Materials and methods

Additional methods are included in S1 Text.

Presentation of previous eQTL data

We present peripheral blood monocyte eQTLs for TNFSF15 from a previous study using samples from 39 healthy individuals and 80 patients with IBD [19], as well as a study using 45 patients with anti-neutrophil cytoplasmic antibody-associated vasculitis [18]. Gene expression data was measured on the Affymetrix Human Gene 1.1 ST Array. Microarray mRNA expression was normalized by robust multiarray averaging using the oligo package [71] and adjusted with PEER [72]. IBD patient and healthy control genotypes were measured using the Illumina Human OmniExpress12v1.0 BeadChip, and vasculitis patients were genotyped using the Affymetrix SNP6.0 Array. eQTL testing was performed using a score test implemented in the GGtools Bioconductor package [73]. Genomic locus plots were generated using the Gviz Bioconductor package [74] with RefSeq annotation for genes in the hg19 genome build.

Colocalization testing

Colocalization testing was performed using the coloc R package v2.3–1 [48]. We used the coloc.abf function and the default priors (prior probability that a SNP is associated with trait 1 = 1 x 10−4, prior probability that a SNP is associated with trait 2 = 1 x 10−4, prior probability that a SNP is associated with both traits = 1 x 10−5). Summary statistics for association of TNFSF15 and TNFSF8 expression with genotype (regression coefficients and variances) were calculated through linear regression (lm function in R) using the genotype and expression data from our previous eQTL study of healthy controls and patients with IBD [19]. For the IBD GWAS data, we used summary statistics for the European cohort from the GWAS plus Immunochip trans-ancestry MANTRA meta-analyses by Liu et al [4] (downloaded from the International Inflammatory Bowel Disease Genetics Consortium’s website, url, link “Latest combined GWAS and Immunochip trans-ancestry summary statistics”, file “IBD_trans_ethnic_association_summ_stats_b37.txt.gz”).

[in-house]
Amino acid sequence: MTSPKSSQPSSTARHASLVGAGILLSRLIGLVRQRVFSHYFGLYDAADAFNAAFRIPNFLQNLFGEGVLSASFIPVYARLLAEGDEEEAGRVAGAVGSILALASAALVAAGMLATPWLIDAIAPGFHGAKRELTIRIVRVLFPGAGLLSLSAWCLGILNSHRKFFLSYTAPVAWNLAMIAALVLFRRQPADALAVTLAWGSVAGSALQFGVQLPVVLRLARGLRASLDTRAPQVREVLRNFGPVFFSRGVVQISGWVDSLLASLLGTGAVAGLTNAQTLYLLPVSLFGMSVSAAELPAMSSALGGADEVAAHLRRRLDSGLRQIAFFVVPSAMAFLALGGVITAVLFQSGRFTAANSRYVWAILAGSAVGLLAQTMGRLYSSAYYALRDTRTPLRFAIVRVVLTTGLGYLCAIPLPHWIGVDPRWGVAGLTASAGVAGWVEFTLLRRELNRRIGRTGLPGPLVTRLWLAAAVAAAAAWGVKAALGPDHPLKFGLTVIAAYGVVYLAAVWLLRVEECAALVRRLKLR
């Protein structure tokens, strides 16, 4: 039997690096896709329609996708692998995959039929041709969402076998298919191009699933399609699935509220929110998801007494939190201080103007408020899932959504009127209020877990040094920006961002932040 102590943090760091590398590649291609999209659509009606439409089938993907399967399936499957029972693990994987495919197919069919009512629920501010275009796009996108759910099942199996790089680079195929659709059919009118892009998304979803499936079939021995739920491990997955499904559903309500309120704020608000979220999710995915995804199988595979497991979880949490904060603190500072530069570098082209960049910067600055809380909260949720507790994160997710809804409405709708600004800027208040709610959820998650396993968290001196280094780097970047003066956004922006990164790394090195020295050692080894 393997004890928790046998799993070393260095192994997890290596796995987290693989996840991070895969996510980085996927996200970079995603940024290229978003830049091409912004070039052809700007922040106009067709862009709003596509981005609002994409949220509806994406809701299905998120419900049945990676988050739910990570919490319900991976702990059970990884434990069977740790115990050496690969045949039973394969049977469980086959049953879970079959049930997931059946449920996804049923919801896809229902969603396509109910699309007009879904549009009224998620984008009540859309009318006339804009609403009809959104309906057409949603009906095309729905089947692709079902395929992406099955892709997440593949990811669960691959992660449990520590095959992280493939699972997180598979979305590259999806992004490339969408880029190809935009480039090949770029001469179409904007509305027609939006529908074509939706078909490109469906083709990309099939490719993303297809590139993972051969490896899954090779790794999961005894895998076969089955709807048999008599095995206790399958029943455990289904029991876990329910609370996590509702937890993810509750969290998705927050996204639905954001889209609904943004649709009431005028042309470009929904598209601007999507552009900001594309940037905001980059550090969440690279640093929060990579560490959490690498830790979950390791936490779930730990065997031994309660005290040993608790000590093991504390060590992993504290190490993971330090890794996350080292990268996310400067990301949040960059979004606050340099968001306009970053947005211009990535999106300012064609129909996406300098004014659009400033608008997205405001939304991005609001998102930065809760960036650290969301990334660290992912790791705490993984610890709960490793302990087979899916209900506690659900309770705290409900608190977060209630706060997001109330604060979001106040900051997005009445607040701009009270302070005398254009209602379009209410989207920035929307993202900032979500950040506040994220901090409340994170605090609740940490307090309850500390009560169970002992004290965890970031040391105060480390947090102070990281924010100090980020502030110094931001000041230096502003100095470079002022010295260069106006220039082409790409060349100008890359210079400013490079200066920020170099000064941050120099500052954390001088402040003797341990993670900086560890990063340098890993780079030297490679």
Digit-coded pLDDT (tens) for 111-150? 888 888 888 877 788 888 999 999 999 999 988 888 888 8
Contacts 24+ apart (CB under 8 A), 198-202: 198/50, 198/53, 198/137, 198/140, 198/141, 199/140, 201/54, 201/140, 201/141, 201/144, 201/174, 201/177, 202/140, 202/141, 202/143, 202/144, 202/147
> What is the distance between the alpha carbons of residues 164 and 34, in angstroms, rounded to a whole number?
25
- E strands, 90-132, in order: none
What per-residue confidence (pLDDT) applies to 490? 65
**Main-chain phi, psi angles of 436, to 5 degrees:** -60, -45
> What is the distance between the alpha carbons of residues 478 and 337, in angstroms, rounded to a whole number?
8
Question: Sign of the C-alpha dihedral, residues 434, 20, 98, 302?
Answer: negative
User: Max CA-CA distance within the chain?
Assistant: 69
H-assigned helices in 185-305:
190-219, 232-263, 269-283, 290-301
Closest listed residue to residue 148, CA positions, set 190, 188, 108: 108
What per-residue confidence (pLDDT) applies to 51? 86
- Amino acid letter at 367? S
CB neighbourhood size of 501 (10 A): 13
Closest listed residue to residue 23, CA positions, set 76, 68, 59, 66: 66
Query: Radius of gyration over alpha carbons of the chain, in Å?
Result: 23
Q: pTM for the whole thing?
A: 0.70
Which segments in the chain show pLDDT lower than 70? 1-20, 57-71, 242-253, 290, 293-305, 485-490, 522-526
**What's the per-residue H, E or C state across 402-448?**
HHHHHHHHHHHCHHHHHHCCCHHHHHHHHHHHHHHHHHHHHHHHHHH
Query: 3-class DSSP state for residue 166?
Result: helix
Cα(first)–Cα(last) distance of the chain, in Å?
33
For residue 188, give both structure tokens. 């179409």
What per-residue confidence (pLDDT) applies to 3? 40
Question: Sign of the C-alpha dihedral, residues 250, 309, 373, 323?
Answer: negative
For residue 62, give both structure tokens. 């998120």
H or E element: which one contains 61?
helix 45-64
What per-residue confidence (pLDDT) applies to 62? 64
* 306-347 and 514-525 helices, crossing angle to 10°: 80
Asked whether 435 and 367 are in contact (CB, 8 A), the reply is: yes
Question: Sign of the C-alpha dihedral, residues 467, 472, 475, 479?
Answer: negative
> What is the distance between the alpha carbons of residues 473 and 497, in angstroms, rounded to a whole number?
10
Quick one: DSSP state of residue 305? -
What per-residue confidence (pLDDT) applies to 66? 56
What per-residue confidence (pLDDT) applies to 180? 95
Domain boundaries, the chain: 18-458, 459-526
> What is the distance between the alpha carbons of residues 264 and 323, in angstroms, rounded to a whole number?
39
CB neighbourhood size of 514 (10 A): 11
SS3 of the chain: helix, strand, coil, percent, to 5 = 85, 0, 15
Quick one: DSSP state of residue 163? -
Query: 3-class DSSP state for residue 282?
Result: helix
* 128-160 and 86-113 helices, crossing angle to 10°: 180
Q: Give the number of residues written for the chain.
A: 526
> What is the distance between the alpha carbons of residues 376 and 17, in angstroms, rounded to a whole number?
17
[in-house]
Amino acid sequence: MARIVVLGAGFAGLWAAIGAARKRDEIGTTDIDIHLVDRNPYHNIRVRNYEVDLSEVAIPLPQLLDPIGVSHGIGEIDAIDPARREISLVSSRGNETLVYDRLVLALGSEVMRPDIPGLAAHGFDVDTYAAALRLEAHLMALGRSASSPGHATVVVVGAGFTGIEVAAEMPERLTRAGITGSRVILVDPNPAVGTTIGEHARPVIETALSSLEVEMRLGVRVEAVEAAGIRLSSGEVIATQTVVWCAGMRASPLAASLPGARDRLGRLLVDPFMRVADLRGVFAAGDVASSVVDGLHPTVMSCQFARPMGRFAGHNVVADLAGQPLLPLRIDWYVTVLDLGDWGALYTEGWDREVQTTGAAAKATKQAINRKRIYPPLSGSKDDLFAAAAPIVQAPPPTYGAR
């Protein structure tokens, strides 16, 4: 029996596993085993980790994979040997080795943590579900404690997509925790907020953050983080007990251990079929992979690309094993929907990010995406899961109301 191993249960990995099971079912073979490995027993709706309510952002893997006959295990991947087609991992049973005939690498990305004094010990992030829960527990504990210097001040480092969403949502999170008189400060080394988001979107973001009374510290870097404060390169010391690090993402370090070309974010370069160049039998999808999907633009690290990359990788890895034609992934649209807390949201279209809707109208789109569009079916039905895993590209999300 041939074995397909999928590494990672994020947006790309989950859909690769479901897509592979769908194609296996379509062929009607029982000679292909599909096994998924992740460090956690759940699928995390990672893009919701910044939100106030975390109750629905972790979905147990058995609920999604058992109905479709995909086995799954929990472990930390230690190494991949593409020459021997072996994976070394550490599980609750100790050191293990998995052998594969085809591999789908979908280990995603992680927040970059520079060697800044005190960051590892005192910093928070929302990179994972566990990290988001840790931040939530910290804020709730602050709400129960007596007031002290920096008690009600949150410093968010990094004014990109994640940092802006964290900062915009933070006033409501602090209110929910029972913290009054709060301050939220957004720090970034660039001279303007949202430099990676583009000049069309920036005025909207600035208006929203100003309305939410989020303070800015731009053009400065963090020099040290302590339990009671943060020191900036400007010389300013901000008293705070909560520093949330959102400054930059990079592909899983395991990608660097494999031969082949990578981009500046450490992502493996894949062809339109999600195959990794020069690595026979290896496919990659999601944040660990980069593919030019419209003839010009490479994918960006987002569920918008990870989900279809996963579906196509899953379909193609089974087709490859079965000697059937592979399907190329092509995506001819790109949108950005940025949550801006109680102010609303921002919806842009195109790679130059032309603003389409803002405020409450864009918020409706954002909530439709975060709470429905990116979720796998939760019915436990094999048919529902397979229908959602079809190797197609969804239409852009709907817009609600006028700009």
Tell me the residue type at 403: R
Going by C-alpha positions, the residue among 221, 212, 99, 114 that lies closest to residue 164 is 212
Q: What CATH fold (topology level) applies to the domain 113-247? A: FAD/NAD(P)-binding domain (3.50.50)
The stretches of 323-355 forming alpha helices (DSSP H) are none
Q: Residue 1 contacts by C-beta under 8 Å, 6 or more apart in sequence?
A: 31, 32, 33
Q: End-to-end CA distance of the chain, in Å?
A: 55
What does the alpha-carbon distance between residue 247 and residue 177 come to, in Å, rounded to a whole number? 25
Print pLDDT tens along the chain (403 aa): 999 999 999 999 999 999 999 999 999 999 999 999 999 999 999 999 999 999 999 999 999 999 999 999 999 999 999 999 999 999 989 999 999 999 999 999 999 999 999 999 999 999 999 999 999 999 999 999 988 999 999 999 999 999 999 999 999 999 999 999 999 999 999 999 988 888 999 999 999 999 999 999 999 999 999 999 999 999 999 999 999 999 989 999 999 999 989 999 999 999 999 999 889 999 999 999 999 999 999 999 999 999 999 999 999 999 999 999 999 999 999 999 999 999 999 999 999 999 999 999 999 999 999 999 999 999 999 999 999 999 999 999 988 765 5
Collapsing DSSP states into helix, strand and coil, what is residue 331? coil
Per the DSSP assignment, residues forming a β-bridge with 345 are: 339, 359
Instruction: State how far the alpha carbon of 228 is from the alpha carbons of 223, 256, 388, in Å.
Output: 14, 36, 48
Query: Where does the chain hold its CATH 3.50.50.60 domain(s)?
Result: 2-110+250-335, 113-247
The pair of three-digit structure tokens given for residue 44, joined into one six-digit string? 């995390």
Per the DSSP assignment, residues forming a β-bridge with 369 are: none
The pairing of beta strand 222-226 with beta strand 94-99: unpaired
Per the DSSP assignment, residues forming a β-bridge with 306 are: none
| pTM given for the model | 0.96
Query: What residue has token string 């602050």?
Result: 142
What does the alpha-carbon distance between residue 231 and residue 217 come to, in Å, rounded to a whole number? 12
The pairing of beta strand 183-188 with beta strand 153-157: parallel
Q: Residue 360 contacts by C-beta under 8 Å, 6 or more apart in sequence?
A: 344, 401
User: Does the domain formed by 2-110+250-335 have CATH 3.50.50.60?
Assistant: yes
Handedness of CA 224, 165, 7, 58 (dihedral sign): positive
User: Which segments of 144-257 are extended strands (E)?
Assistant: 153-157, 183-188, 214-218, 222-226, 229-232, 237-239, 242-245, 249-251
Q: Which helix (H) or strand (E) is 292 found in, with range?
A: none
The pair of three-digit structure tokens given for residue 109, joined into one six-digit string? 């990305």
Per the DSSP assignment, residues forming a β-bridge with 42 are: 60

Sample collection

Peripheral blood samples from healthy volunteers were obtained through the Cambridge BioResource. Ninety-six blood samples were taken from 90 separate volunteers recruited based on relevant genotype at rs6478109 and/or rs4246905. All recruited individuals were Caucasian, between 18 and 65 years of age. Volunteers self-declared that they were free from autoimmune disease, cancer and human immunodeficiency virus. No individuals took regular systemic immunomodulatory therapy for at least one year before recruitment. During the recruitment process, volunteer samples were grouped by genotype, and investigators were blinded as to which group corresponded to which genotype. Derived numeric data from experiments utilizing Cambridge BioResource samples are included in S1 Data.

Whole blood processing

Whole blood was collected in CPDA tubes and passed over a Histopaque-1077 (Sigma Aldrich) gradient to separate peripheral blood mononuclear cells (PBMC). Where indicated, cell types were separated first into the CD14+ monocyte fraction and CD14- fraction by positive selection with human CD14 MicroBeads and LS columns (Miltenyi Biotec), according to the manufacturer’s protocol. The negative fraction was then enriched for CD4+ T cells or CD8+ T cells with human CD4 or CD8 MicroBeads (Miltenyi Biotec) in the same manner. For CD8-depleted PBMC, cells were separated with CD8 MicroBeads (Miltenyi Biotec) and the negative fraction collected. Purity of separated cell subsets was examined by flow cytometry as described in the “Cell subset purity QC” section. For eQTL and ASE measurements, eighty monocyte samples were sorted for use in various assays, all with over 60% purity and a median purity of 74%; thirty-five CD4+ T cell samples were sorted, all with over 92% purity and a median purity of 97%; thirty-four CD8+ T cell samples were sorted, all with purity over 70% and a median purity of 90%; sixteen PBMC samples were depleted of CD8+ T cells, all demonstrating less than 7% CD8+ T cells remaining. One CD8-depleted PBMC sample was excluded on the basis of a CD8-intermediate CD3+ population composing 13% of the PBMC population after depletion.